Pork butts are cheap and so forgiving.  They're so perfect to experiment on.  My next butts are going to be on my new PBC.  I made a picnic in my PBC last weekend, Pernil style.  It was really awesome, but, overall, I think the butt is the better chunk of meat.  I think I'm going to try out your idea and make some carnitas.  Have any steps that you've posted on the forums, previously?

 

Quote:
Originally Posted by mummel View Post

There still must be a right or wrong answer as to how much smoke meat takes on after 170F. Maybe those Harvard smoker guys can do some research and save us all a lot of pellets :)

You would probably appreciate AmazingRibs, they have a Harvard PhD for a consultant.  He does a lot of BBQ myth busting.  He's explained how smoke rings have nothing to do with smoke(Which is why you can have smokey flavor with no ring in electrics).  He talks about the optimal time to wrap(and why), bark formation, etc.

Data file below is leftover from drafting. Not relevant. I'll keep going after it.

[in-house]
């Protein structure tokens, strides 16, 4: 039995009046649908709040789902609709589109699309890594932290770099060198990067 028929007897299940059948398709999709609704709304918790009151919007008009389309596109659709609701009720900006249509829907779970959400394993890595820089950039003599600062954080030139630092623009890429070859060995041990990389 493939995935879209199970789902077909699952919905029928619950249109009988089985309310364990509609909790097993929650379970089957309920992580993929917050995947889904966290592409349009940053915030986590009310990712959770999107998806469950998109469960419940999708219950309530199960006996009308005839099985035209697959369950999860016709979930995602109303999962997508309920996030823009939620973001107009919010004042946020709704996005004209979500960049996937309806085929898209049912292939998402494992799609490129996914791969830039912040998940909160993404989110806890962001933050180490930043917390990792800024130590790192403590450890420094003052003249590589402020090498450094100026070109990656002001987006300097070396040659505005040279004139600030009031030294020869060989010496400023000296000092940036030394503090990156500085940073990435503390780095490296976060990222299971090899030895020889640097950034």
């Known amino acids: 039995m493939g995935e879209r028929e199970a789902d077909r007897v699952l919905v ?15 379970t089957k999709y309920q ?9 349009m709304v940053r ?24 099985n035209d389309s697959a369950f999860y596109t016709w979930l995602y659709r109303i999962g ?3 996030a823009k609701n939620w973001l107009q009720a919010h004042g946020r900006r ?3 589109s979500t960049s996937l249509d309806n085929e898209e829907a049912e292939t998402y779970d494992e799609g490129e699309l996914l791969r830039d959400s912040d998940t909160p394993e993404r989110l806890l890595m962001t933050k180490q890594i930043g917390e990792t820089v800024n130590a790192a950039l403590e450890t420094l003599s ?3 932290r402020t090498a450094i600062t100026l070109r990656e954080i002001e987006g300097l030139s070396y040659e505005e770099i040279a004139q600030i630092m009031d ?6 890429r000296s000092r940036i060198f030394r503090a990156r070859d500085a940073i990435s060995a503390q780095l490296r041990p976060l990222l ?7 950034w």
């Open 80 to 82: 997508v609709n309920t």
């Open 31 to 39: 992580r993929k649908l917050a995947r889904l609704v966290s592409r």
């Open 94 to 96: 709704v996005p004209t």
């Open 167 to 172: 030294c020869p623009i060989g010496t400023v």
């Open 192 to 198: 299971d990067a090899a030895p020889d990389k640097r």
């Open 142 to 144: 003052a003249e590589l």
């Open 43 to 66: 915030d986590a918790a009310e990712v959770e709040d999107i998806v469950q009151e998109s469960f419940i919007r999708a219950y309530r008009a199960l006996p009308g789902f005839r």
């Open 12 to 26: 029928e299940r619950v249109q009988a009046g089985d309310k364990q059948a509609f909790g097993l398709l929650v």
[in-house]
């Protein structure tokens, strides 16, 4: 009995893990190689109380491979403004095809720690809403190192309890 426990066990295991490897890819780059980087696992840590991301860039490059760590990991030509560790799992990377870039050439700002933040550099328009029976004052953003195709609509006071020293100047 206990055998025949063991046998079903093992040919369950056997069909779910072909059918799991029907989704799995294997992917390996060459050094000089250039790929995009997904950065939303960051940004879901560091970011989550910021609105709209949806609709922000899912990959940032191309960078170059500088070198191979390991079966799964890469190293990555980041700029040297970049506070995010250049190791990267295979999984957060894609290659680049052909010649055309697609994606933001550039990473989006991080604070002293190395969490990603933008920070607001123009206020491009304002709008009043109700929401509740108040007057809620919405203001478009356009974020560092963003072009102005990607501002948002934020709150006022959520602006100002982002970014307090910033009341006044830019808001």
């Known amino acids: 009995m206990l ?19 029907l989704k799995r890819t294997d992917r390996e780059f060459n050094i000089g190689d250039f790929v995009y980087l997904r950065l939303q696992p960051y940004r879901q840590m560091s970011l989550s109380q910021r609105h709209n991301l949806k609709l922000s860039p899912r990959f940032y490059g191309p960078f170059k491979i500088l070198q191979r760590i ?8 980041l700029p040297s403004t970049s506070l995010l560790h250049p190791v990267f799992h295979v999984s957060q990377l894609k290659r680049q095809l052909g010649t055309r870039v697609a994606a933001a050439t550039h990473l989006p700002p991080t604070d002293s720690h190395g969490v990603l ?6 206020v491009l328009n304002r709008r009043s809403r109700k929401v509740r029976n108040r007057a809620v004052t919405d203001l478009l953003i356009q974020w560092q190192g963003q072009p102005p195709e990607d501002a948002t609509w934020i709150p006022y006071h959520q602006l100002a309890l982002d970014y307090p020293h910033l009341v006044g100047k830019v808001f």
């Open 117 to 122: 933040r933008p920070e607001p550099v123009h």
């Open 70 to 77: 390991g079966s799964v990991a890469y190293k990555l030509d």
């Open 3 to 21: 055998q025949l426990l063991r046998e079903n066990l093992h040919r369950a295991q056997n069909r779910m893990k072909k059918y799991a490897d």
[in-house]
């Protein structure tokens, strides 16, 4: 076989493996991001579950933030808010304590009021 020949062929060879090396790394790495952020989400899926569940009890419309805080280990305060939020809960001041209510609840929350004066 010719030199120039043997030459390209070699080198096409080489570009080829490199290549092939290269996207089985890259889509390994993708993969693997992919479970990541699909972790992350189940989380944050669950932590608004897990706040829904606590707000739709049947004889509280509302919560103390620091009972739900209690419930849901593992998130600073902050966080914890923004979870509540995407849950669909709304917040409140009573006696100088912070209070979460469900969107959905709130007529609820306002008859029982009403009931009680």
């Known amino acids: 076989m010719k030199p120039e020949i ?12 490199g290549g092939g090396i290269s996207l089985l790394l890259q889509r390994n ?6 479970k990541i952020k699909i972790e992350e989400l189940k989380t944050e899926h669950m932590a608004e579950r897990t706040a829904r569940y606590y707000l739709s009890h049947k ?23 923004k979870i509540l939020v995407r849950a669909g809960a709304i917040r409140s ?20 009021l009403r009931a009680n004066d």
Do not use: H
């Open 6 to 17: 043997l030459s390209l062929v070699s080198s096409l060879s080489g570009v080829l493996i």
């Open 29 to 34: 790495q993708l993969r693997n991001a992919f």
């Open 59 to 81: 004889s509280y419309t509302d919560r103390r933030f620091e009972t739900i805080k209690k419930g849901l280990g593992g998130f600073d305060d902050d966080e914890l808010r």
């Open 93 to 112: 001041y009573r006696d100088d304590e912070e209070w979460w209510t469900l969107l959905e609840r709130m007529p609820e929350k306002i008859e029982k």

post #88 of 93
Quote:
Originally Posted by mummel View Post

There still must be a right or wrong answer as to how much smoke meat takes on after 170F. Maybe those Harvard smoker guys can do some research and save us all a lot of pellets :)

Even if there is some "research" about it they will still be guessing. Every piece of meat is different. All you can do is keep track of what works for you and what doesn't work and go from there. The "optimization" you are talking about will save you very little money compared to the cost of the meat itself so why risk cutting the smoke early and the finished product not being what you want. 

post #89 of 93
Quote:
Originally Posted by kenafein View Post